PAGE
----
If you have access to a bench fitted with stands for this movement you will avoid having to use tow assistants to hand you the weight each time.

Here is a useful schedule:

Warm up with one set of 8 repetitions with a moderate poundage -- approximately 10-20 lb. less than your best Olympic Press.

Add 20-30 lb. and perform 5 repetitions. Repeat another 5repetitions.

Add 10 lb. and perform 4 repetitions. Repeat another 4 repetitions. Do not bounce the barbell off the chest each time. Lower steadily to touch the chest in the region of the nipples, hold for one second, then press vigorously and steadily to full locked arms.

If you have an inclined bench available, practice the press on this as a variation, using different angles from time to time.

As another variation, the press can be performed with two dumbbells.

High Pulls
The ability to pull heavy weights high and fast is one of the greatest assets of an Olympic lifter. And constant and regular practice of high pulling movements is a must in order to develop fully this essential quality.

This high pull as an assistance movement for the Clean and Jerk resembles a fast Deadlift, but with the weight pulled higher - to at least the level of the waistline.

Use the same width grip as for the Clean and Jerk and start the movement in exactly the same way. Pull up the weight fast to waist level, rising on the toes and thrusting the hips forward as the barbell approaches waist height. Keep the head well up.

Lower barbell to the floor, resume starting position and repeat.

Warm-up with a weight about 40 lb. less than your best Clean and perform 6 repetitions.

Add 20 lb. and perform 4 repetitions. Repeat 4 repetitions.

Add 20 lb. and perform 3 repetitions. Repeat 3 repetitions.

Add 10 lb. and perform 2 repetitions. Repeat 2 repetitions.

The high pull as an aid to the Snatch should be performed in a similar way, using the same width grip as in the Snatch.

Pull the bell as high as possible towards the chest, keeping the elbows well up and rising on toes to get maximum height.

Poundages, repetitions and sets should be employed on the same basis as above.

When performing the high pulls, it will be found that the strength of your grip is often a deciding factor as to the weight and repetitions handled - and it is advisable to us the much stronger hook grip.

Some lifters use wrist straps to ease the tension on the grip. This enables them to handle heavier poundages.

This strap is usually made of webbing or similar strong material, is wound round the barbell and then tightly round the wrists.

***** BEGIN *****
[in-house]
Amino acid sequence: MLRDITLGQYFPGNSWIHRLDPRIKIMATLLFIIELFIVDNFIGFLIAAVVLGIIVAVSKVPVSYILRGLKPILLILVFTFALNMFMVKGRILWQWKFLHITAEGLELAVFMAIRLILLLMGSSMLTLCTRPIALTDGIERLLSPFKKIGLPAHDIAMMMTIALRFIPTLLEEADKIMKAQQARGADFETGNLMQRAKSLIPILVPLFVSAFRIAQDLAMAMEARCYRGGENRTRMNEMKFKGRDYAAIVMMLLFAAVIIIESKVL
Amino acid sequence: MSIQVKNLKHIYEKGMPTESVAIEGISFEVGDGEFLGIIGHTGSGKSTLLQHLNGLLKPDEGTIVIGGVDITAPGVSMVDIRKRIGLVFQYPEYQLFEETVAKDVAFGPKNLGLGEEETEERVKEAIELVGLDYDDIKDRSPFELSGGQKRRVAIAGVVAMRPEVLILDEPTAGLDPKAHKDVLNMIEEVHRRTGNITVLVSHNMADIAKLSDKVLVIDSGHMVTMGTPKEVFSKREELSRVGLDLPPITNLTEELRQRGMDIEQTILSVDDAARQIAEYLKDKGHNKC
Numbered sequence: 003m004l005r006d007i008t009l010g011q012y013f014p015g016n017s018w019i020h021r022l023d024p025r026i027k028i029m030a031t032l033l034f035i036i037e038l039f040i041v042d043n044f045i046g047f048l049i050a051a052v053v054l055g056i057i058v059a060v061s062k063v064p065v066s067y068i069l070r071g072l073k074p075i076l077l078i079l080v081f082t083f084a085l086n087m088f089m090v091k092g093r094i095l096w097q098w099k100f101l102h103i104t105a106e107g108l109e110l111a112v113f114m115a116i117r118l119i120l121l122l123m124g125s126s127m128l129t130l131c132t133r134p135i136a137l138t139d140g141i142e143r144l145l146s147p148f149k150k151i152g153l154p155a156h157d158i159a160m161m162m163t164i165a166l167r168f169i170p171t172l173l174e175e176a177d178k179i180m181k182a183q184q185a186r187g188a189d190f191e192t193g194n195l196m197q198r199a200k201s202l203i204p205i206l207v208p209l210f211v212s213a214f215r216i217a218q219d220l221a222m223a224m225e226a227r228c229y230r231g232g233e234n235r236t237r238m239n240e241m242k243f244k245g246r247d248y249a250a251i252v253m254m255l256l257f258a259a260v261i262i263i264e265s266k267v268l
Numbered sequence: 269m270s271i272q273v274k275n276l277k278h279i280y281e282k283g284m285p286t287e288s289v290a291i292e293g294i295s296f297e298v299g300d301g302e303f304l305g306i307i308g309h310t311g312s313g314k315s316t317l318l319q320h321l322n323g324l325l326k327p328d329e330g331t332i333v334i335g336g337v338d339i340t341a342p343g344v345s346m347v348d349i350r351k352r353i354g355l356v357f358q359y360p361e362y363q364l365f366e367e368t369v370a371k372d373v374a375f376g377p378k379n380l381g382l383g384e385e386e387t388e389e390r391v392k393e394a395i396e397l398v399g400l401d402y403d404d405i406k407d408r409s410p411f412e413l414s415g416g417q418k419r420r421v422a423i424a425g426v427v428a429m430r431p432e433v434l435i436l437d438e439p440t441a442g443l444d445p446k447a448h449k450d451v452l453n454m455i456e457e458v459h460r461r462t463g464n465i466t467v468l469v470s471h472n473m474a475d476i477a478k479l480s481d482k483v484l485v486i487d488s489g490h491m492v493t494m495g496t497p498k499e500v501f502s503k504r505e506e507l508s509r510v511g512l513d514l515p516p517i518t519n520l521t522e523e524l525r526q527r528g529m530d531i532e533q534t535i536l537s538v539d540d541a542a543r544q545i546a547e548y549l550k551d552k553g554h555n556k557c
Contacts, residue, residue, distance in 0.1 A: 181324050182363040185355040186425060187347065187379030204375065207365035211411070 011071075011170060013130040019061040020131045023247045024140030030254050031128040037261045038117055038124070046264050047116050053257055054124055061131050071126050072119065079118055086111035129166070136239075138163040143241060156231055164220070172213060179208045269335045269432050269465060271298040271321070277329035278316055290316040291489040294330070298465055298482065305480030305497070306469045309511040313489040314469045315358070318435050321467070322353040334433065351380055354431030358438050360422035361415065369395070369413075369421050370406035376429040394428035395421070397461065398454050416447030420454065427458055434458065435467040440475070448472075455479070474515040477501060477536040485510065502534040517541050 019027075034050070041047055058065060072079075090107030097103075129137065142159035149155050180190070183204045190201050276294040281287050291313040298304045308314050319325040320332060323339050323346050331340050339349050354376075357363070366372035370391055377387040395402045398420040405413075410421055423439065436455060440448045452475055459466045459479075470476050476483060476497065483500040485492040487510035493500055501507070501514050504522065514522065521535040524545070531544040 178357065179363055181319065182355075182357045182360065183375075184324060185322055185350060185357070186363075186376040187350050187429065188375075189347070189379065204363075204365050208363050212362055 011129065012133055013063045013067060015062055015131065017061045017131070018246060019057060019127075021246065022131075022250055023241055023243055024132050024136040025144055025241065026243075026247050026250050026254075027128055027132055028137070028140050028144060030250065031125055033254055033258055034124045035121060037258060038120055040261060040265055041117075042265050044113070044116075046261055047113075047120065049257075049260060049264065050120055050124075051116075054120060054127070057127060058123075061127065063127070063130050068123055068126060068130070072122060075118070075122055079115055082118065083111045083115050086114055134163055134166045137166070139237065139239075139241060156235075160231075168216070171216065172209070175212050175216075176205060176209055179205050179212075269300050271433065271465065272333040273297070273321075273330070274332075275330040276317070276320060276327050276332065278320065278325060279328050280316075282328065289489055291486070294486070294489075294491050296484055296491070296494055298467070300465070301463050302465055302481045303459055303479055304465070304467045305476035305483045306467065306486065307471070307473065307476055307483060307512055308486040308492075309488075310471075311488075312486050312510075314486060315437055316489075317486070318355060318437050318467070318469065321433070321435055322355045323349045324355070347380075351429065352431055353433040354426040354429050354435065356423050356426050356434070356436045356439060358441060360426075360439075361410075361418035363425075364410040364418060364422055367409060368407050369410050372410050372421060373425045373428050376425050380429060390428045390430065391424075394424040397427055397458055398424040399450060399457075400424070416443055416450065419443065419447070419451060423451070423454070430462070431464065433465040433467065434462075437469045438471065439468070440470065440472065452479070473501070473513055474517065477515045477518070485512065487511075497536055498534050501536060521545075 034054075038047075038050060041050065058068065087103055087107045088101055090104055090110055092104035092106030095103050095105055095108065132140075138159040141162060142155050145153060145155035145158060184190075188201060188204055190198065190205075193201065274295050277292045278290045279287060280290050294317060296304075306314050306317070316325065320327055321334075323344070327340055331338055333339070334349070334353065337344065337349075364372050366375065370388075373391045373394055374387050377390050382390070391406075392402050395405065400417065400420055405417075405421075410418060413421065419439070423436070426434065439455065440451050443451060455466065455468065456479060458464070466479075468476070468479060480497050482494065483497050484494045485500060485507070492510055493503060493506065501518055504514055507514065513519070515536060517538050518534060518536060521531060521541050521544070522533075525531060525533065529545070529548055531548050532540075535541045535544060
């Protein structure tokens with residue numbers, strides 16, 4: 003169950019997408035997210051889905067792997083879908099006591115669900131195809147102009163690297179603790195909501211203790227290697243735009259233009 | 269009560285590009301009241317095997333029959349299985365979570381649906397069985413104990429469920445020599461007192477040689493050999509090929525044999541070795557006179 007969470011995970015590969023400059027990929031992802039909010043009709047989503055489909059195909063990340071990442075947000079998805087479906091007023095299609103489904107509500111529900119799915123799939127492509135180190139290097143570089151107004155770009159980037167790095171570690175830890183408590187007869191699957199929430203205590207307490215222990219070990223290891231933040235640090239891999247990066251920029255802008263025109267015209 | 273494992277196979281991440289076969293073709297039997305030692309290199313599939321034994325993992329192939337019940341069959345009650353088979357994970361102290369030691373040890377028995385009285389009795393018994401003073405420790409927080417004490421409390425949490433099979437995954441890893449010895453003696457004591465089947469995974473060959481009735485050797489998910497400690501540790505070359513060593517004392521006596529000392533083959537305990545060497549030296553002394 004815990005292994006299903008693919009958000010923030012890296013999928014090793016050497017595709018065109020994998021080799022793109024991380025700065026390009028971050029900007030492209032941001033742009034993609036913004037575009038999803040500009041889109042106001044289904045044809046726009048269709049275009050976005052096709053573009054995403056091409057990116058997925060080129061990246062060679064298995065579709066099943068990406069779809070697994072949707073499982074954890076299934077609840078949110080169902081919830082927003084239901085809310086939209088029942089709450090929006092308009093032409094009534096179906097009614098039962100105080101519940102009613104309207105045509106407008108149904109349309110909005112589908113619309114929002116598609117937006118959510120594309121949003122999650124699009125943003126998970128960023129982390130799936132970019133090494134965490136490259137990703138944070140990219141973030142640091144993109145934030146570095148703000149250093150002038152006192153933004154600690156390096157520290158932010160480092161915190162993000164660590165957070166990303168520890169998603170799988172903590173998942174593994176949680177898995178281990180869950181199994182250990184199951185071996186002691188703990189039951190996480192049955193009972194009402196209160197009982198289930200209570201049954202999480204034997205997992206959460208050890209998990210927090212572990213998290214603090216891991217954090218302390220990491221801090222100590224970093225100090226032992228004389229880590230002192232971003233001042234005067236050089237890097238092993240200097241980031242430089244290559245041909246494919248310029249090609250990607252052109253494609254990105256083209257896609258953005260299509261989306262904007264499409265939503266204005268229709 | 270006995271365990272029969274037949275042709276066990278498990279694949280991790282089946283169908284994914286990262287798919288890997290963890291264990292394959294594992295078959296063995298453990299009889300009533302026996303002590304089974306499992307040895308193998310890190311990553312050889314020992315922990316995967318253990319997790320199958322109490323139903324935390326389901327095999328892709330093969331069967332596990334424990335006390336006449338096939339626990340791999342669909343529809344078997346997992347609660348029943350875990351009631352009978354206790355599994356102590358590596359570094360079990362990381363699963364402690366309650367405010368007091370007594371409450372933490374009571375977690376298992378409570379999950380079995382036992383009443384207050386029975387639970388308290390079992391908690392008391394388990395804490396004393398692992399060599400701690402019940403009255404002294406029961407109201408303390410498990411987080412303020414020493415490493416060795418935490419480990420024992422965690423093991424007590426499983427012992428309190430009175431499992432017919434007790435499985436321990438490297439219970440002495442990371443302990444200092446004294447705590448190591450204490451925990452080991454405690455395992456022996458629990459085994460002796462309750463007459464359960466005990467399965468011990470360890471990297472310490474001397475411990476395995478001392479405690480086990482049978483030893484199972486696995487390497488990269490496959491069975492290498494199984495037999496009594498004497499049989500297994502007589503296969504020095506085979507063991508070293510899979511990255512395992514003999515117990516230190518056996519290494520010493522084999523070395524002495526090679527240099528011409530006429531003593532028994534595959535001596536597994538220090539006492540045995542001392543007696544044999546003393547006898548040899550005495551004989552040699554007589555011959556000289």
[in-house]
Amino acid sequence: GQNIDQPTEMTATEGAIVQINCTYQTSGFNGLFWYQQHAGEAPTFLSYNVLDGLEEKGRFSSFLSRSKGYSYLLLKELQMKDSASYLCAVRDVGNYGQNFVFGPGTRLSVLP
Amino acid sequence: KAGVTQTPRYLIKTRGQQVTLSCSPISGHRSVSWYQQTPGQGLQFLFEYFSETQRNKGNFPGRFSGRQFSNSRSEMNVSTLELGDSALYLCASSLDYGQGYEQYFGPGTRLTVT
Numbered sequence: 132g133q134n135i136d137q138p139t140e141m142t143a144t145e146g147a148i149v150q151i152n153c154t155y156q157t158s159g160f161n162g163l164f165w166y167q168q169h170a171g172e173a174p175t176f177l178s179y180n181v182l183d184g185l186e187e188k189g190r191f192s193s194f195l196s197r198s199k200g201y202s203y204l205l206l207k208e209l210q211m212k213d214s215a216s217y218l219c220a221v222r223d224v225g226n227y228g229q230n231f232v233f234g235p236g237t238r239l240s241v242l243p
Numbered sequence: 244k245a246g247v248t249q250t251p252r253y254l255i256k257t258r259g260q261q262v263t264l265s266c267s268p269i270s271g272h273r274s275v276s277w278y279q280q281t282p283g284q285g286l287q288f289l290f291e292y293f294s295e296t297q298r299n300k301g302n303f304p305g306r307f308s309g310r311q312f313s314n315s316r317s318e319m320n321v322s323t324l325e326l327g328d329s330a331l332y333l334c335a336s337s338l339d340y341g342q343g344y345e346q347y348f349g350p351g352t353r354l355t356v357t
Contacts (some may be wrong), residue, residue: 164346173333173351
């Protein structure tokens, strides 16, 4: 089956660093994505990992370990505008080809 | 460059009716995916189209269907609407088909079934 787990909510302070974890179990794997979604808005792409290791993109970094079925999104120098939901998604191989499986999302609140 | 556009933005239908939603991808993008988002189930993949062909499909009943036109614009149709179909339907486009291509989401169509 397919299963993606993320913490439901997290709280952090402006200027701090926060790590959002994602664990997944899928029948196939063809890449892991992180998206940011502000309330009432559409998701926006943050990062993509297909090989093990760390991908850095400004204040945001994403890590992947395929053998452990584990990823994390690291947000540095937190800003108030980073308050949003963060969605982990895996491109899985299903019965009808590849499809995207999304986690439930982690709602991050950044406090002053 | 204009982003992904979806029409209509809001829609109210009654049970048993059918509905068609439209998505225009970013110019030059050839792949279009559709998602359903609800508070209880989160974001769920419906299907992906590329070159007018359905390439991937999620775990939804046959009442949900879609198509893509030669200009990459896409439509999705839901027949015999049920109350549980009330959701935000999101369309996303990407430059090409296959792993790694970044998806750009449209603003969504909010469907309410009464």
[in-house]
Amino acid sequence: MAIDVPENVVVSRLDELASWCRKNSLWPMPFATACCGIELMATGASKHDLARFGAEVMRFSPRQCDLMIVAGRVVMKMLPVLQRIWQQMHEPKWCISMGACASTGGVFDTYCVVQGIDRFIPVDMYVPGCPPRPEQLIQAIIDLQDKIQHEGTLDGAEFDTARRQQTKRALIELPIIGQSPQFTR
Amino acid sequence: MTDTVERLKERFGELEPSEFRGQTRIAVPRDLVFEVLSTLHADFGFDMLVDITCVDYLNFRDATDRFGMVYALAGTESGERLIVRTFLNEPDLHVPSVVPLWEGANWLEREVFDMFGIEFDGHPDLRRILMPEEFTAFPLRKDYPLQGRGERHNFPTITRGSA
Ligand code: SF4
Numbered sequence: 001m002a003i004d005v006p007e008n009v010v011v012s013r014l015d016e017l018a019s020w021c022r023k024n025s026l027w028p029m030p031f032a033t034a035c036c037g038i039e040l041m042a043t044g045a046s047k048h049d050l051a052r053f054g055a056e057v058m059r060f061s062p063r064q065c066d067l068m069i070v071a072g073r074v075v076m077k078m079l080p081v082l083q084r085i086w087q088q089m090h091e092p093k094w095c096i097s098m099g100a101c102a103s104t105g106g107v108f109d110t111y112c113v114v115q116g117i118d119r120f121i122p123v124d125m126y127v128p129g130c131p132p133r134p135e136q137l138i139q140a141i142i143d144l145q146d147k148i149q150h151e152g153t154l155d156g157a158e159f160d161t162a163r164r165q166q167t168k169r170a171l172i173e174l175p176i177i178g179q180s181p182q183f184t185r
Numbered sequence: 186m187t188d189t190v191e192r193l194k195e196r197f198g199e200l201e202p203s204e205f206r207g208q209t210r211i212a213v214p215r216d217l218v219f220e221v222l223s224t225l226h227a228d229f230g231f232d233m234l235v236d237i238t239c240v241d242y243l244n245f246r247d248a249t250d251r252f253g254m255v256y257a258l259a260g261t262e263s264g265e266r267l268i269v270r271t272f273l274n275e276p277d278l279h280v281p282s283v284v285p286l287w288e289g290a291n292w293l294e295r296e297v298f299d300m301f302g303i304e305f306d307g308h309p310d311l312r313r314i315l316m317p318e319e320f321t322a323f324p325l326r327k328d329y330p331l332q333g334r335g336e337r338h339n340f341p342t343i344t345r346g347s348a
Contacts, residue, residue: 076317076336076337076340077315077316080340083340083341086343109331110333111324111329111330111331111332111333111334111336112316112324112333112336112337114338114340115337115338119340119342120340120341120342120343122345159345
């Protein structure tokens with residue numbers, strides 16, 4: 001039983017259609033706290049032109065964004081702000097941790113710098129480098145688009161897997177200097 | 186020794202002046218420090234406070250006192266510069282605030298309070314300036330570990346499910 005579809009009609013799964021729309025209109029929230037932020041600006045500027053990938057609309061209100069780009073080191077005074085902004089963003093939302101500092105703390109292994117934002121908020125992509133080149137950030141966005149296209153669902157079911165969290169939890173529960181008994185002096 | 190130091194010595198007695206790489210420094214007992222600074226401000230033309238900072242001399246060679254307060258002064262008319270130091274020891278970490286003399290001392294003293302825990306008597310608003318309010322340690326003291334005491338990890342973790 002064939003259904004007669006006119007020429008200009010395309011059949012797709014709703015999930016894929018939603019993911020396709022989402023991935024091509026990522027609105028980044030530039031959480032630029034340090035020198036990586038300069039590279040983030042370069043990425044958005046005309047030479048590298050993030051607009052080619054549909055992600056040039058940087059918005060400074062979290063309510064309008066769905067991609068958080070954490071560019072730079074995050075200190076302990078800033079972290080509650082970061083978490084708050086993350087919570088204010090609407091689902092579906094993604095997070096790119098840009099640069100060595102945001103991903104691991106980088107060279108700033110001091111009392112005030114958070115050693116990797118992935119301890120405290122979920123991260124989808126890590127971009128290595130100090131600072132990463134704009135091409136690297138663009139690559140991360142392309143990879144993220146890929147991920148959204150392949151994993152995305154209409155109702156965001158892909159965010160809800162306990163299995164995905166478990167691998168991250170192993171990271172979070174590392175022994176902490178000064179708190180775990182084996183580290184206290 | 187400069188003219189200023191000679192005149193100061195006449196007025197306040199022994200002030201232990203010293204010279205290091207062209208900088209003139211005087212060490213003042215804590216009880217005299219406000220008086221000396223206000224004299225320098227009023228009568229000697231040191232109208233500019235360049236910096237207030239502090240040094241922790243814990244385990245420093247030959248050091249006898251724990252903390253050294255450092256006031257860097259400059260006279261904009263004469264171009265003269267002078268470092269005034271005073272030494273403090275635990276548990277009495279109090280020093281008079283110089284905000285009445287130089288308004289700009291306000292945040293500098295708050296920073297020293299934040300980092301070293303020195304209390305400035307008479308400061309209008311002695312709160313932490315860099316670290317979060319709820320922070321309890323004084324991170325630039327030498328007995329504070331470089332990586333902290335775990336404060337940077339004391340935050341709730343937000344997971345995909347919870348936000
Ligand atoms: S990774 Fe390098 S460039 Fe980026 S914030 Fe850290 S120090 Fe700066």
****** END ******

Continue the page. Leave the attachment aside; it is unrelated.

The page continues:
Jerk-Press
A useful aid to the Olympic Press, in which the first stage of the Press is started similarity to the Olympic Jerk, lowering the barbell by a dip of the legs, then vigorously re-straightening them to thrust the barbell off the shoulders.

The leg drive will take the weight to just above eyes' level as the legs straighten - with little assistance from the pressing muscles - and from that position the barbell is pressed to full arms' length with the legs braced.

Here is a suitable schedule:

Warm-up with a poundage about 30 lb. below your best Press.

Add 20 lb. and perform 4 repetitions. Repeat 4 repetitions.

Add 20 lb. and perform 3 repetitions. Repeat 3 repetitions.

Add 10 lb. and perform 2 repetitions. Repeat 2 repetitions.

Deadlift
One of the best tests of bodily strength and the movement in which the greatest weight can be lifted.

Regular practice will strengthen the back, thighs and grip, essential for the development of greater Olympic power.

High pulls, described earlier, are the nearest approach to the Olympic cleaning movement, without actually moving into the split or squat position -- and the fact that the barbell is pulled to waist height cuts down on the poundage that can be handled.

In the Deadlift the barbell isn't lifted any higher than the position in which the trunk is erect, legs braced and the barbell held on locked arms, lying across the thighs.

Use the same width handgrip and the same feet spacing as for the Clean and Jerk. Grasp the barbell with a reverse hand-grip -- one hand with knuckles to the front, the other with knuckles to the rear.

Keep the back as straight as possible and pull the barbell up in a steady, continuous pull to the erect position, using the full power of the legs to start the movement.

Warm-up with a weight that can be handled comfortably for 6 repetitions -- approximately 50-60 lb. more than your best Clean -- replacing the barbell on the floor each time, adjusting your body to the correct starting position, pausing just a second or so, then repeating the lift.

Add 50 lb. and perform 4 repetitions. Rest, the repeat 4 repetitions.

Add 20 lb. and perform 2 repetitions. Rest, the repeat 2 repetitions.

Occasionally -- about every three or four weeks -- work up to a limit poundage, starting with about 80-100 lb. above your best Clean and Jerk and perform 3 repetitions. Add 20 lb. for 2 single lifts, then 10 lb. stages in single lifts until your limit is reached.

Power Clean and Jerk
One of the most popular and effective training movements is cleaning and jerking without any feet movement.

Clean the barbell, using just a shallow dip of the body to receive the weight at the shoulders. Make full use of the legs' drive to start the cleaning movement, which should be speeded up by strong pulling power for the arms.